Most of the Arts as we have them today are largely an outgrowth of the philosophy of Rousseau and his Romanticism. That is dangerous. Silly atheist cant to the contrary, Atheistic Romanticism, in the form of Communism and Fascism, has killed more people than any other faith or ideology in the history of the world. With the growth of journalism schools embedded in the Leftist academy, we now see that the modern flavor of Romanticism has crept out of the Arts and English Departments and in to our news outlets. Romanticism creates myths such as Rousseau’s Noble Savage, and keeps on believing in those myths in the face of contrary evidence. A highly dangerous habit in the Press Corps.
My major beef with Romanticism in the MSM is that it can’t count. And that means, in today’s high tech society, that it often turns out to be the enemy of freedom. (I’ve gone into that in detail before.) In fact, given the low expectations about subject matter knowledge, journalists can’t do much of anything else, either, and that, too works against the very freedom the Press claims to protect.
But this is a post about math, or at least math concepts. It is a crying shame that, back in the 50s when Sputnik spurred the development of the current US high school math and science curriculum, that physics and physics envy ruled the day. Because for most people, high school calculus is a joke, and the time would be much better spent on statistics. If one has read Innumeracy by John Allen Paulos, one should have been struck by the main mathematical aspect of that book: there were exactly zero references to the Calculus, and most of the examples came from probability and statistics.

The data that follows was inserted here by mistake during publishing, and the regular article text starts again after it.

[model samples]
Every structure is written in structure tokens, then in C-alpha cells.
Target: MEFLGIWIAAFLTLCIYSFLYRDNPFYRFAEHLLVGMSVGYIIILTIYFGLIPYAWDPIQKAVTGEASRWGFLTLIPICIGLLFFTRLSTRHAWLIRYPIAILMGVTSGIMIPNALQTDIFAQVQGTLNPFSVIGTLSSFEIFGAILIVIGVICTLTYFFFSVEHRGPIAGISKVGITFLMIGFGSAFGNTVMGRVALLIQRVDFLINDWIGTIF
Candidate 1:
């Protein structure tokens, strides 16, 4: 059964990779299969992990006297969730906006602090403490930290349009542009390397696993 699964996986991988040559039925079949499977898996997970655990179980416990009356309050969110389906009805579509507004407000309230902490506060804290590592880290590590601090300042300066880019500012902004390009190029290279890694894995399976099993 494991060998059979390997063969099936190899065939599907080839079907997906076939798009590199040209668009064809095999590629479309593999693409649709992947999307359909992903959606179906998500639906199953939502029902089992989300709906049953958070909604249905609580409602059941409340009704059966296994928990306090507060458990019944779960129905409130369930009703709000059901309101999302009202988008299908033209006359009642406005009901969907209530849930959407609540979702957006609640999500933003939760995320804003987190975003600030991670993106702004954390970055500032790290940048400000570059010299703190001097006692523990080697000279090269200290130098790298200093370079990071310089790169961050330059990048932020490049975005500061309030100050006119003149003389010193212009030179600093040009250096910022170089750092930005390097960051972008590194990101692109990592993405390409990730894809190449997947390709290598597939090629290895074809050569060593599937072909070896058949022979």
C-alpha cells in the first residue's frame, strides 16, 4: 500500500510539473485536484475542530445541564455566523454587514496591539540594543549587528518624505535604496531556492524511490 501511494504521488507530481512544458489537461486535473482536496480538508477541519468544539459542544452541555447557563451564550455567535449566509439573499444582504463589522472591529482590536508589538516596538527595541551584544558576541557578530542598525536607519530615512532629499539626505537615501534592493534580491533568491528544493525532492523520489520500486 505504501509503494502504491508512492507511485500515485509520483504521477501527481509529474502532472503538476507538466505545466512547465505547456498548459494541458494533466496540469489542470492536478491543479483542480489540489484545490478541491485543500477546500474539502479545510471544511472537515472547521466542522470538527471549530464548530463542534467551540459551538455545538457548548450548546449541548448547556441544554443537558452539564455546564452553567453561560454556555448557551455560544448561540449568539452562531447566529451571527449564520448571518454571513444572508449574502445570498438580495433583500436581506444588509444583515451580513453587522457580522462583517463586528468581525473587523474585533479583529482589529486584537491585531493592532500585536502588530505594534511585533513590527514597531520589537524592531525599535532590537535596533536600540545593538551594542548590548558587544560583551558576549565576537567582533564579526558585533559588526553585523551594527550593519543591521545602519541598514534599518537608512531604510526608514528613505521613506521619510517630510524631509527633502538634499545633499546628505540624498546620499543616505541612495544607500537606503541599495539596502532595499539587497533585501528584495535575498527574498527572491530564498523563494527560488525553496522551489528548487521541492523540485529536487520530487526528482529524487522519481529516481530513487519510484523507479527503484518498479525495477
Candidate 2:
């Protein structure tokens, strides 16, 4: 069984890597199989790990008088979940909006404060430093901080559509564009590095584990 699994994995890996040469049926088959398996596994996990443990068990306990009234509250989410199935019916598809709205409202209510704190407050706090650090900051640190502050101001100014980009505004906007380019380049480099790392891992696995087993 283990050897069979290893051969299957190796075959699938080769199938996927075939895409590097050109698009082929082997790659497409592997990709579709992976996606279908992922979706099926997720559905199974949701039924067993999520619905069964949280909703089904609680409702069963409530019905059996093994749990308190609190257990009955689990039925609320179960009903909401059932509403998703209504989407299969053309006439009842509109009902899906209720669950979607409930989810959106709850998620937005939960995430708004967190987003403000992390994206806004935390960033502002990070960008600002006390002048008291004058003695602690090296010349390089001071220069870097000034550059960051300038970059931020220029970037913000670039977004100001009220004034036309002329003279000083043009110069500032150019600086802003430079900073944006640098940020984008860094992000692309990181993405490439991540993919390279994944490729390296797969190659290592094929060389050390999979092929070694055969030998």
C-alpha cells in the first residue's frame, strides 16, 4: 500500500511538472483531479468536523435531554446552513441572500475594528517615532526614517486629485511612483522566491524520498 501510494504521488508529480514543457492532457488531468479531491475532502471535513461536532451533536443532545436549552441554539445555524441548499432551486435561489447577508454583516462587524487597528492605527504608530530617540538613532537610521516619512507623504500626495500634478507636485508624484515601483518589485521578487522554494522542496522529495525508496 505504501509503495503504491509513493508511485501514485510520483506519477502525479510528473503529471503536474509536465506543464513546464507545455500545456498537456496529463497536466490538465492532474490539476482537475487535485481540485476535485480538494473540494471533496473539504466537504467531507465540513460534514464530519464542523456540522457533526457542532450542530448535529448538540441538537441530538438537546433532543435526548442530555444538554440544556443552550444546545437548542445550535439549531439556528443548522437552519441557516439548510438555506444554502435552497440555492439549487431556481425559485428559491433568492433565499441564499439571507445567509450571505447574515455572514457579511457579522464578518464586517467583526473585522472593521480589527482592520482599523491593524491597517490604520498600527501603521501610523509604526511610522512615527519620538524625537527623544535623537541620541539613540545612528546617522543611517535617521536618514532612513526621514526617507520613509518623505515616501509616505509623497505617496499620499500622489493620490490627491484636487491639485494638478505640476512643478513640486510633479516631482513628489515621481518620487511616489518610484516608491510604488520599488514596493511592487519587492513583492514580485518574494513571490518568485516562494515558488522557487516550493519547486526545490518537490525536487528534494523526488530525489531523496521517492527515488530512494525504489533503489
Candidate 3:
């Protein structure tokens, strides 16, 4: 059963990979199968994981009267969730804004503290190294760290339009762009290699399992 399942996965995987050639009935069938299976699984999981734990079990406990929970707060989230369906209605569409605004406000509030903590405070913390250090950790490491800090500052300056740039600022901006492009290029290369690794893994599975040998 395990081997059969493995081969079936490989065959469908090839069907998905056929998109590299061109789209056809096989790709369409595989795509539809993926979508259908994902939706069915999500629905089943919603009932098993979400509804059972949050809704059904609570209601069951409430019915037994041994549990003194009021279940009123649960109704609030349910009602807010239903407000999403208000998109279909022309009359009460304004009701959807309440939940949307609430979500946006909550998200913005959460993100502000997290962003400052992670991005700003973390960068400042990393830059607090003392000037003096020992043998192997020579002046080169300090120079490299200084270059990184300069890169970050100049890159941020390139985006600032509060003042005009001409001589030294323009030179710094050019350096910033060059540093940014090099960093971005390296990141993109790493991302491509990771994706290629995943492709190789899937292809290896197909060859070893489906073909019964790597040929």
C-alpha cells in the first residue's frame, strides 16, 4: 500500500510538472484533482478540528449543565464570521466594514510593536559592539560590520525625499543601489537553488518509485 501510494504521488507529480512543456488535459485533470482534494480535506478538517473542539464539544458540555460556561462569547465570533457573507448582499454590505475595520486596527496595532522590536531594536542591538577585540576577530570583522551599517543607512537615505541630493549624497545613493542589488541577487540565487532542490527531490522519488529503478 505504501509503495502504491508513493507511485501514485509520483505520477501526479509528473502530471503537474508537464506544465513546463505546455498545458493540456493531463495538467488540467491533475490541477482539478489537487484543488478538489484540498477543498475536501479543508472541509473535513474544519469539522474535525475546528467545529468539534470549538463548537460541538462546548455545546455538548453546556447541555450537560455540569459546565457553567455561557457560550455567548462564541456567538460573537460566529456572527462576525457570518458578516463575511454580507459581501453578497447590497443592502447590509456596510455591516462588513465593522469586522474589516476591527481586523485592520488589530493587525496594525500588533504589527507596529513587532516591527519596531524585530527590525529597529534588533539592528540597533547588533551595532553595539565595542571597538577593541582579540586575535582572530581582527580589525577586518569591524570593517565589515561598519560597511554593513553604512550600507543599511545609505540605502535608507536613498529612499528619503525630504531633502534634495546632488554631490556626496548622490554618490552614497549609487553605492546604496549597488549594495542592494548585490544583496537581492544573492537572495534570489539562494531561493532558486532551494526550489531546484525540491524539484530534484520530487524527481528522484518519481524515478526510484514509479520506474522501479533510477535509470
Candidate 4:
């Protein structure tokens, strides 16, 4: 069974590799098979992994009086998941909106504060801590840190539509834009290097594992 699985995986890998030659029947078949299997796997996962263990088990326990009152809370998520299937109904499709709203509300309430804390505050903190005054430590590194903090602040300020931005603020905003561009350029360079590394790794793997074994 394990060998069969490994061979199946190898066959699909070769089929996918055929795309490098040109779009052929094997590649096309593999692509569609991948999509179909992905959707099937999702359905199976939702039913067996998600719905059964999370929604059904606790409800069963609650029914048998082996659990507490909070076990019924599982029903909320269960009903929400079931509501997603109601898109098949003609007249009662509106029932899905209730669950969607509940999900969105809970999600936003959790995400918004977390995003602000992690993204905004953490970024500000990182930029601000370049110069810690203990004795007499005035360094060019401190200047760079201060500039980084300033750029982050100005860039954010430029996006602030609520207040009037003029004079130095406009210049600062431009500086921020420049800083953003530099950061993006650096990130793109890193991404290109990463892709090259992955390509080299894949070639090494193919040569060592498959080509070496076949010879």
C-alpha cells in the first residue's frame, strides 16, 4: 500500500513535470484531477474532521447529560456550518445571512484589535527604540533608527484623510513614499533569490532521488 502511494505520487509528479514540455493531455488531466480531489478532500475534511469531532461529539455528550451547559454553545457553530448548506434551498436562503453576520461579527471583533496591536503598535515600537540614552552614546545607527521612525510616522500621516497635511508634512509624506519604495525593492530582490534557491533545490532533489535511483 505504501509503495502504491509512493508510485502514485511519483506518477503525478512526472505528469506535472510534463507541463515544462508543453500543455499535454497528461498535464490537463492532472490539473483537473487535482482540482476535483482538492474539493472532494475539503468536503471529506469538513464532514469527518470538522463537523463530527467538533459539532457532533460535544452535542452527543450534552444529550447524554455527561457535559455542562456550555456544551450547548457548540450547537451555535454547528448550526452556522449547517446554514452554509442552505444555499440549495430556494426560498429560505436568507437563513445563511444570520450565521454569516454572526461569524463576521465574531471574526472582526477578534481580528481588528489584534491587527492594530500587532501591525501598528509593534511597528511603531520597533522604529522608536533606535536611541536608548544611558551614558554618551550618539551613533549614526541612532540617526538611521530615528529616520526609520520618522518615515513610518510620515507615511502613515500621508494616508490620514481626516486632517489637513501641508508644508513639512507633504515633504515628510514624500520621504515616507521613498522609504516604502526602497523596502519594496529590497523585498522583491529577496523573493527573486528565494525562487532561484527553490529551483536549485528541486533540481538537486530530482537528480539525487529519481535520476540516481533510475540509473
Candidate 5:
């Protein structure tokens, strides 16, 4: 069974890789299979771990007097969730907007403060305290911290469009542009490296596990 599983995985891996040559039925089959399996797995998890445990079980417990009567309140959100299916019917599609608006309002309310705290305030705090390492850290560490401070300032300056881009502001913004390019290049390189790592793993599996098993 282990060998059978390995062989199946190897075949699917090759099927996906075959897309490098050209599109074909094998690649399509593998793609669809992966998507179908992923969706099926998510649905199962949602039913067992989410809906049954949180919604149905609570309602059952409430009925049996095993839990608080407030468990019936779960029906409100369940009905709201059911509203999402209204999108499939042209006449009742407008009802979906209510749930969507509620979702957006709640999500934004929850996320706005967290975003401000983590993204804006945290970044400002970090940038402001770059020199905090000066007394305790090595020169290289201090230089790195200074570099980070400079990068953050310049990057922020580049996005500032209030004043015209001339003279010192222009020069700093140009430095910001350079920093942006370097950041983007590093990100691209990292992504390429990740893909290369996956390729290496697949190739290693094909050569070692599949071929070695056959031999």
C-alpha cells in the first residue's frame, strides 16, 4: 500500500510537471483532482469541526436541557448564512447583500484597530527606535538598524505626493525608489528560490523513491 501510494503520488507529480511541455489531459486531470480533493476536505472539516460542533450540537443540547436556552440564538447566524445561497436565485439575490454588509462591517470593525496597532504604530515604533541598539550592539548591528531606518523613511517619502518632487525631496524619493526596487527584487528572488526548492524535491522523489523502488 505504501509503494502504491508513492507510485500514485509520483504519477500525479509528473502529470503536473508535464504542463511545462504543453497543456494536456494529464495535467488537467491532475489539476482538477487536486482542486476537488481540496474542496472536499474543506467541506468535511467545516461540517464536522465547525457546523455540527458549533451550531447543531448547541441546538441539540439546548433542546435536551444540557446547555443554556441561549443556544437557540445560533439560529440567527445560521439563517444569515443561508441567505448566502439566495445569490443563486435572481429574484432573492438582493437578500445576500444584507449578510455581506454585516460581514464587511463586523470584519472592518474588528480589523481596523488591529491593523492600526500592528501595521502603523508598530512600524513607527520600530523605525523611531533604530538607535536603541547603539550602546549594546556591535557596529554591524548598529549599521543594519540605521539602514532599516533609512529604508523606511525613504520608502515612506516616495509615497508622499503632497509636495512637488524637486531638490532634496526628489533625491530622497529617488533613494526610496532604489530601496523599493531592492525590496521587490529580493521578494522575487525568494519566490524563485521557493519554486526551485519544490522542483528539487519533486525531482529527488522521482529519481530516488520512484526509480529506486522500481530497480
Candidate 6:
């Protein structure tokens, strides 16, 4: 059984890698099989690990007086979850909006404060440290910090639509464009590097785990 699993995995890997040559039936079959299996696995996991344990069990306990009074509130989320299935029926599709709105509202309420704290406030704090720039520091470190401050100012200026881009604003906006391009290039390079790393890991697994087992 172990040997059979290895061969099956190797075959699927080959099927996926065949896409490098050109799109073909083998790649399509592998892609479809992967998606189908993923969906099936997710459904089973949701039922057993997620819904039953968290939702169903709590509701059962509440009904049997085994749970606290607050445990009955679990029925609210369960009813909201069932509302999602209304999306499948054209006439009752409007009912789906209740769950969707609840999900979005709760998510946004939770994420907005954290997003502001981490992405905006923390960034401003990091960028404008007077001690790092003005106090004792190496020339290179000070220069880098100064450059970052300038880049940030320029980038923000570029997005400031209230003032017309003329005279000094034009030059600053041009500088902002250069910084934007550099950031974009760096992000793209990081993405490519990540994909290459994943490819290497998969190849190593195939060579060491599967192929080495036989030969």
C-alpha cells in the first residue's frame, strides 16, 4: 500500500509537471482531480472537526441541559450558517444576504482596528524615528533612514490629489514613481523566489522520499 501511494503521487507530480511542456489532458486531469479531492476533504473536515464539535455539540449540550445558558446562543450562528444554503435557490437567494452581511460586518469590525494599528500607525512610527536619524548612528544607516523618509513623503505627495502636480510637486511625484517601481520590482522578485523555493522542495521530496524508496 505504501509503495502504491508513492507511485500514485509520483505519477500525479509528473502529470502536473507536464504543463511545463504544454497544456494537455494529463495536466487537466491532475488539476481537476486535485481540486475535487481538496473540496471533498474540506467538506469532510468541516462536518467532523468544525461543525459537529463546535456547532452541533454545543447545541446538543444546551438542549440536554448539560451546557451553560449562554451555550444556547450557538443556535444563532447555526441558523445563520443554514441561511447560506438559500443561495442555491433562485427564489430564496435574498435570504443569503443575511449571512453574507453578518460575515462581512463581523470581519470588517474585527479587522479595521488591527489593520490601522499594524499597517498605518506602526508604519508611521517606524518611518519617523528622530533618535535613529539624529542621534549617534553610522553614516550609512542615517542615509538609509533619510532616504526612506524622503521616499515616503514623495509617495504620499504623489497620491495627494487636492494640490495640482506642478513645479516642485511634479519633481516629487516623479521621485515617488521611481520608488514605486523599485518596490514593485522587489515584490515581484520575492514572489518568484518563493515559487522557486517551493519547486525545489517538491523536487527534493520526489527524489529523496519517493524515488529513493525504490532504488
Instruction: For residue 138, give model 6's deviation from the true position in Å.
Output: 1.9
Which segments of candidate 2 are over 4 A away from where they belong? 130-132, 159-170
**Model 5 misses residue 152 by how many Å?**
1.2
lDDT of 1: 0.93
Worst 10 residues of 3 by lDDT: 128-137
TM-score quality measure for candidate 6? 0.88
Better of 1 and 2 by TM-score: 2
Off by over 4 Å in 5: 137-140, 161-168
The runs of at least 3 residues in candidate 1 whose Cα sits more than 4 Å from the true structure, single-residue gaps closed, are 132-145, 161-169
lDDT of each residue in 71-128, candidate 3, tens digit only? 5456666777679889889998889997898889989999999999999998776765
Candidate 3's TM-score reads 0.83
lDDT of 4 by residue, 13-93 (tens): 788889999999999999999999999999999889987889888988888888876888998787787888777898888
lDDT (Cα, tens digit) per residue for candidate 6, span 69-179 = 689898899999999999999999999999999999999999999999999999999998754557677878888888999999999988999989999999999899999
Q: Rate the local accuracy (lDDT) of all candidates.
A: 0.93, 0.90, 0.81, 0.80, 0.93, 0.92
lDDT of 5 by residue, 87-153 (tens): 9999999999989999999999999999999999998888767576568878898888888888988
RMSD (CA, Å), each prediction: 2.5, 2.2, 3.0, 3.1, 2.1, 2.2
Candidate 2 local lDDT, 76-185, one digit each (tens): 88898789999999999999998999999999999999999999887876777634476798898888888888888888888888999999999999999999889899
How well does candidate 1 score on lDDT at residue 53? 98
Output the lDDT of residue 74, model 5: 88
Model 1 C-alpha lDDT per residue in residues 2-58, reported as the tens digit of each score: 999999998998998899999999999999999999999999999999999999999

The reason that Paulos concentrated on probability and statistics is that those are the non-intuitive concepts that drive policy and decision making even on the personal level, and they are the most subject to distortion by the media. Every time an assertion is made that can be described by statistics (and this is especially true of anecdotal examples that the MSM brings out without referencing statistics), the first questions an educated human ought to ask is: what is the mean, and how broad is the distribution?